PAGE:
As increasing numbers of doctors forgo private practice in favor of being hospital employees, there are increasing numbers of conflict that these practitioners face when deciding how to care for patients. Those arise from the bind doctors find themselves in between providing the best care they can and for meeting the economic and performance demands of their bosses. That should not be a bind, really, and the American Medical Association rightly recognizes which of these goals ought to come first.
The AMA adopted these principles for physician employment at its November meeting and in the document makes very clear that patients are doctors’ top priority: “Doctors should always make treatment and referral decisions based on the best interests of their patients,” the guidelines say. That should be obvious, of course, but the employment relationship that more and more doctors find themselves in – as opposed to operating their own practices – sometimes compromises the clarity of those decisions.
The AMA recognizes this. “A doctor’s paramount responsibility is to his or her patients,” the policy says. “Additionally, given that an employed physician occupies a position of significant trust, he or she owes a duty of loyalty to his or her employer. This divided loyalty can create conflicts of interest, such as financial incentives to over- or undertreat patients, which employed physicians should strive to recognize and address.”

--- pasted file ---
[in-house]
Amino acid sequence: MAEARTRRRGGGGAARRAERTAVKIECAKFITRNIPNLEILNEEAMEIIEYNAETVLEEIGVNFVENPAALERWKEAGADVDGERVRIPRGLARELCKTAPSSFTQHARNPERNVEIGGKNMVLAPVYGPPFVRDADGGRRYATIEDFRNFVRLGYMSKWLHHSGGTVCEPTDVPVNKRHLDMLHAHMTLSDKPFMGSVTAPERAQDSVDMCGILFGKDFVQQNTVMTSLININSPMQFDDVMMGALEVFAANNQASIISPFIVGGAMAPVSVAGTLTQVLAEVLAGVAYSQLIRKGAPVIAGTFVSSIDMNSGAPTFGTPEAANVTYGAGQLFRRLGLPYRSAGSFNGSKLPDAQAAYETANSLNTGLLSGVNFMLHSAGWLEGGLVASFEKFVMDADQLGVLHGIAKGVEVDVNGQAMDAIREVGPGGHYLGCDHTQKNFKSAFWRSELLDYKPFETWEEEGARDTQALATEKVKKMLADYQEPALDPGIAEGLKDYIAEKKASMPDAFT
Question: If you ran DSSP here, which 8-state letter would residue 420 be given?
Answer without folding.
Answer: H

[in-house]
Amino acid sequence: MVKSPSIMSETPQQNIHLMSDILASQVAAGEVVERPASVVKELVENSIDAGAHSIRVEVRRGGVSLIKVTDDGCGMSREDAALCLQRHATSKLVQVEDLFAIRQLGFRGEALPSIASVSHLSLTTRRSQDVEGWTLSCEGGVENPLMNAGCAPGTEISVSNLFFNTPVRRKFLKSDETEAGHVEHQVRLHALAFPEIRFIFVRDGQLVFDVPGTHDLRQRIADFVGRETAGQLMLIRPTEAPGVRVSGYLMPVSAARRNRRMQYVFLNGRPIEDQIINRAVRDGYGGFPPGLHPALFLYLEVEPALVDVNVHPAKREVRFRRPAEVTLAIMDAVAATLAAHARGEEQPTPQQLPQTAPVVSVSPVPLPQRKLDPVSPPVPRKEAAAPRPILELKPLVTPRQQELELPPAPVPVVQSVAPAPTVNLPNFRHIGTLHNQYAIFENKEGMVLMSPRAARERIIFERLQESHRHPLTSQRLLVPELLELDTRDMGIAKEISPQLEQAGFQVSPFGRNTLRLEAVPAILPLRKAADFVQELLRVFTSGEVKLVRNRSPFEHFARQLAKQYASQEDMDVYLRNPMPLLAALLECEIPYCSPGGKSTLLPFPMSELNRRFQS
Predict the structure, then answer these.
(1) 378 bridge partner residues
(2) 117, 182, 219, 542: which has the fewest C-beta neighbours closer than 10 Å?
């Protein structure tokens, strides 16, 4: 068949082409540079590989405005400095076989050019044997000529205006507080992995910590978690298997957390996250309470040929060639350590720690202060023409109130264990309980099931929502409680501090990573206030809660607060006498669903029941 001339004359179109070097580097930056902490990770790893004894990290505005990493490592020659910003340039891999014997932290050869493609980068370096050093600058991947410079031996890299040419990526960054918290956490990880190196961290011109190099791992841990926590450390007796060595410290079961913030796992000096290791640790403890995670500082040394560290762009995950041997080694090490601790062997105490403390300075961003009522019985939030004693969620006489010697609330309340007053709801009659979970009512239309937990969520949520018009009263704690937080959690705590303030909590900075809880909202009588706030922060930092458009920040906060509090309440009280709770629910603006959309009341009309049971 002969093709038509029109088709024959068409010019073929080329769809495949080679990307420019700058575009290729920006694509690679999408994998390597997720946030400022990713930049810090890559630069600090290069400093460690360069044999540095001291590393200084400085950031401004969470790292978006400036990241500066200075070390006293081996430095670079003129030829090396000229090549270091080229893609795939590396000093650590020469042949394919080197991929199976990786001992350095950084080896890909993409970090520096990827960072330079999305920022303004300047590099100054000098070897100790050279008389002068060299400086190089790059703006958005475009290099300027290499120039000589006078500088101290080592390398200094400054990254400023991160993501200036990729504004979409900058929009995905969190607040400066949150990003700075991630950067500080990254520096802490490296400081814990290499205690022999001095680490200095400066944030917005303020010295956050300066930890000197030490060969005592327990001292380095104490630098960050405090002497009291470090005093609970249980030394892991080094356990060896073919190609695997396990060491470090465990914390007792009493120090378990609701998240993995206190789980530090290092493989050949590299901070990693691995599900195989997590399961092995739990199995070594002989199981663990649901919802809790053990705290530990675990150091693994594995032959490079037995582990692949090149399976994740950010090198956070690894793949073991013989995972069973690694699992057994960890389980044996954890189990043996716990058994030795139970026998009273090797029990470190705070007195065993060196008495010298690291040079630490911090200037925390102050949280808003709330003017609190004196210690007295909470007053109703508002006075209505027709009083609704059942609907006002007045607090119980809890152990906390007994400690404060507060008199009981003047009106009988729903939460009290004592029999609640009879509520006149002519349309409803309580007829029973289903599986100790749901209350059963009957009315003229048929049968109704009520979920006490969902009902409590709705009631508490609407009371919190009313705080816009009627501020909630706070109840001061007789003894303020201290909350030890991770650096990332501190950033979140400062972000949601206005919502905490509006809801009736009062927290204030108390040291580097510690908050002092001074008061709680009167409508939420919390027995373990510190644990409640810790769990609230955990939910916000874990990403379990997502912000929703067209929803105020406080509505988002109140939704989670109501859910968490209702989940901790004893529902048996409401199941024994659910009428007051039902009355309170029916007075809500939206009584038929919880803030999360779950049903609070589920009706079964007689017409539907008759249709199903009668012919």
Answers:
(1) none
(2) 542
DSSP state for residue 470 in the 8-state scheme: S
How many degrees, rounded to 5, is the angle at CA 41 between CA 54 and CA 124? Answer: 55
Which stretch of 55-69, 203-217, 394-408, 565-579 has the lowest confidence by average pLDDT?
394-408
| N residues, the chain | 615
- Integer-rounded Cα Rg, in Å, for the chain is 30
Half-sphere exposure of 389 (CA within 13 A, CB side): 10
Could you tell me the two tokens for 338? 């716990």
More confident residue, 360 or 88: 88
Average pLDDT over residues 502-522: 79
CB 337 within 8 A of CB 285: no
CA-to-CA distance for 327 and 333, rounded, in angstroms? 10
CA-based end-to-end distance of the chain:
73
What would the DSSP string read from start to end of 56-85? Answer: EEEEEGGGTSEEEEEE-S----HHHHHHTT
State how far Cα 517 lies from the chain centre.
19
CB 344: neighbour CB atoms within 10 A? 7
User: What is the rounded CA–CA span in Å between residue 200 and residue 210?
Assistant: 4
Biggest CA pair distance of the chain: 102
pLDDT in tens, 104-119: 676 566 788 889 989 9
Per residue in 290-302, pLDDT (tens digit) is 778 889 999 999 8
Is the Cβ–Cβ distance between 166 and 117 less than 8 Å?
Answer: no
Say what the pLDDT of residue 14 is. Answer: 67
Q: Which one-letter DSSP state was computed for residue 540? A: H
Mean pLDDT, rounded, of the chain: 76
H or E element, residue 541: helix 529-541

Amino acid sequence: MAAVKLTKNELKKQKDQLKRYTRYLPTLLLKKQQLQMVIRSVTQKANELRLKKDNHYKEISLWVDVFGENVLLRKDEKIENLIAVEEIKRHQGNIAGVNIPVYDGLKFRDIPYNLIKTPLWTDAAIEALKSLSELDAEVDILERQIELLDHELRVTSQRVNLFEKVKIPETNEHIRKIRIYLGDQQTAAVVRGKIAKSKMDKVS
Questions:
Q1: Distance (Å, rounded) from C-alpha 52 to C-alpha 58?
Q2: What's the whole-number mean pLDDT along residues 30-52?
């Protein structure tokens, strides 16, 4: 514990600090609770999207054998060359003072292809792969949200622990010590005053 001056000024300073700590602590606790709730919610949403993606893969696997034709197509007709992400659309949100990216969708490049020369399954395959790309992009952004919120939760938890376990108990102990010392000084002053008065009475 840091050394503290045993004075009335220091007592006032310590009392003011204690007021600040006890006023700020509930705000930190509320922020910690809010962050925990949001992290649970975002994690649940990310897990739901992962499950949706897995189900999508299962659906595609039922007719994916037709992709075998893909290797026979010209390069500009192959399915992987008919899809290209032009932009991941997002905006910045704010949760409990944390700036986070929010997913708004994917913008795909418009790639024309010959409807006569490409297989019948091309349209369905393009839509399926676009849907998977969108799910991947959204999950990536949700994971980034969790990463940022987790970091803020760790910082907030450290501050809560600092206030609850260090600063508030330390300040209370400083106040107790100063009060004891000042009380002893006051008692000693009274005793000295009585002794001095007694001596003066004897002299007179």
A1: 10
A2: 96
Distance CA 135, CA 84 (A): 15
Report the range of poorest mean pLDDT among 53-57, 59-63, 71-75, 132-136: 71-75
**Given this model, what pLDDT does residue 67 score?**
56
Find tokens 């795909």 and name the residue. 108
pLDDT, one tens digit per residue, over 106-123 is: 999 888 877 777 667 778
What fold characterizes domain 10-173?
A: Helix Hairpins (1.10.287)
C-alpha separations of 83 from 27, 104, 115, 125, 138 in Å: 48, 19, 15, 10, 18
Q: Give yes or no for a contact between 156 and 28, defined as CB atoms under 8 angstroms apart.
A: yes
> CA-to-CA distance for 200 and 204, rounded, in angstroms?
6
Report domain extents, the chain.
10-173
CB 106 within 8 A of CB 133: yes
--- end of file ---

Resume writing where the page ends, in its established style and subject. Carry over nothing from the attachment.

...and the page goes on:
To address this potential conflict, the AMA asserts that physicians should be free to exercise their professional judgment when it comes to patient care, and that employers should support that right.
This is all relatively common sense, but bottom lines being what they are has placed physicians in a bit of a bind with respect to their hospital-employers’ priorities. While becoming a hospital employee removes much of the risk of private practice, as well as the tightening reimbursement numbers for Medicare and Medicaid patients, it also adds some constraints. Those should not compromise patient care, and AMA is right to advocate on behalf of that value – and physicians’ obligation to prioritize it.
Furthermore, patients must be part of this conversation and be made aware when their doctors are negotiating the tensions the AMA’s policy aims to address. Doctors should be clear about what is informing their recommendations and referrals, and patients must be able to trust that their doctors’ advice reflects the best options available – not what is best for hospitals’ profit-and-loss statements. That sort of openness is key for doctor-patient trust, but more importantly, for ensuring the best health outcomes possible.
This need not run at cross-purposes with hospitals’ priorities. After all, these facilities are in the business of healing people. The AMA’s policy serves as a commonsense reminder of that overarching goal for doctors and hospitals alike. The guidelines state this in terms that could not be more clear: “In any situation where the economic or other interests of the employer are in conflict with patient welfare, patient welfare must take priority.”